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From The Collaborative International Dictionary of English v.0.48:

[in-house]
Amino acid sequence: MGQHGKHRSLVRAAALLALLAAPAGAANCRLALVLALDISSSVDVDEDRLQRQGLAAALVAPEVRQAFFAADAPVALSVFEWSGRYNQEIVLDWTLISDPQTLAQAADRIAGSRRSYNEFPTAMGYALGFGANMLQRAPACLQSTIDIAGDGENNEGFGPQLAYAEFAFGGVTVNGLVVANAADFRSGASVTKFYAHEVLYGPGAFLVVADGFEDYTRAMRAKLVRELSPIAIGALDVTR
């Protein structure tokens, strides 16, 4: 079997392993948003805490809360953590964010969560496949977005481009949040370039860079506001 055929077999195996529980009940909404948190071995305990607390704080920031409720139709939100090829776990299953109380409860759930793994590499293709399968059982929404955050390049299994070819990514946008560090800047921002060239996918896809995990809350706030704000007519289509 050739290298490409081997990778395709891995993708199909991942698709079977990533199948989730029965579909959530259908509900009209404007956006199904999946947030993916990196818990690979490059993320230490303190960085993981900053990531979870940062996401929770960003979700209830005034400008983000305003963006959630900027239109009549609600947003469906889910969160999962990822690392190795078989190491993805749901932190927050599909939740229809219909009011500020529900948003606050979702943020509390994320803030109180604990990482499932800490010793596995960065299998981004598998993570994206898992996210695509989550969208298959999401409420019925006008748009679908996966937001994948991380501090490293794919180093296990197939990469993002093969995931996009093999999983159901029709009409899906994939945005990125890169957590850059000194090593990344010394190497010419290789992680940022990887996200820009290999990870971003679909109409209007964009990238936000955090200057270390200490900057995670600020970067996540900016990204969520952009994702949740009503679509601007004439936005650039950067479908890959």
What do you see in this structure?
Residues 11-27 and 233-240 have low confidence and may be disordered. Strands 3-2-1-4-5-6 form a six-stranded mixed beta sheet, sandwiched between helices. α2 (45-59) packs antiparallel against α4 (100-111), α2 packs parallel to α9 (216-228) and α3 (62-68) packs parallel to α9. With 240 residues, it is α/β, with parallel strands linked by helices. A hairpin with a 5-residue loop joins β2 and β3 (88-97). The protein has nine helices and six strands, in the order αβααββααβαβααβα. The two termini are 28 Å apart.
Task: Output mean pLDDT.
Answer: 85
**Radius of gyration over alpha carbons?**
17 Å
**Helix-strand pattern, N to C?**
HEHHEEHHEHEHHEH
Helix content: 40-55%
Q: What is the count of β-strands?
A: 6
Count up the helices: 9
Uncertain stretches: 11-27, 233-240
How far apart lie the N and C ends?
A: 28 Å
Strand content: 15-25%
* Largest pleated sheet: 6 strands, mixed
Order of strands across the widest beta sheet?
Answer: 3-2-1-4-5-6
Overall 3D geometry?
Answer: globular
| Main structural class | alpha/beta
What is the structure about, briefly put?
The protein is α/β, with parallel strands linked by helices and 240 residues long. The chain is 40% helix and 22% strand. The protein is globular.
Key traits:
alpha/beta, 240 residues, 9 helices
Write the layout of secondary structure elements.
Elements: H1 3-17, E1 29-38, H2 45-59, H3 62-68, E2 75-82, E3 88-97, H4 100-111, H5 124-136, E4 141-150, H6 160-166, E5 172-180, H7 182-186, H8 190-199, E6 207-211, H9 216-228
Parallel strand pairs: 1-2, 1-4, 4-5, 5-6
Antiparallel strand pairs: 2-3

Owe \Owe\ ([=o]), v. t. [imp. & p. p. Owed ([=o]d), (Ought ([add]t) obs.); p. pr. & vb. n. Owing ([=o]"[i^]ng).] [OE. owen, awen, aghen, to have, own, have (to do), hence, owe, AS. [=a]gan to have; akin to G. eigen, a., own, Icel. eiga to have, Dan. eie, Sw. [aum]ga, Goth. ['a]igan, Skr. [imac][,c]. [root]110. Cf. Ought, v., 2d Own, Fraught.] 1. To possess; to have, as the rightful owner; to own. [Obs.] [1913 Webster] Thou dost here usurp The name thou ow'st not. --Shak. [1913 Webster] 2. To have or possess, as something derived or bestowed; to be obliged to ascribe (something to some source); to be indebted or obliged for; as, he owed his wealth to his father; he owed his victory to his lieutenants. --Milton. [1913 Webster] O deem thy fall not owed to man's decree. --Pope. [1913 Webster] 3. Hence: To have or be under an obigation to restore, pay, or render (something) in return or compensation for something received; to be indebted in the sum of; as, the subject owes allegiance; the fortunate owe assistance to the unfortunate. [1913 Webster] The one ought five hundred pence, and the other fifty. --Bible (1551). [1913 Webster] A son owes help and honor to his father. --Holyday. [1913 Webster] Note: Owe was sometimes followed by an objective clause introduced by the infinitive. "Ye owen to incline and bow your heart." --Chaucer. [1913 Webster] 4. To have an obligation to (some one) on account of something done or received; to be indebted to; as, to owe the grocer for supplies, or a laborer for services. [1913 Webster]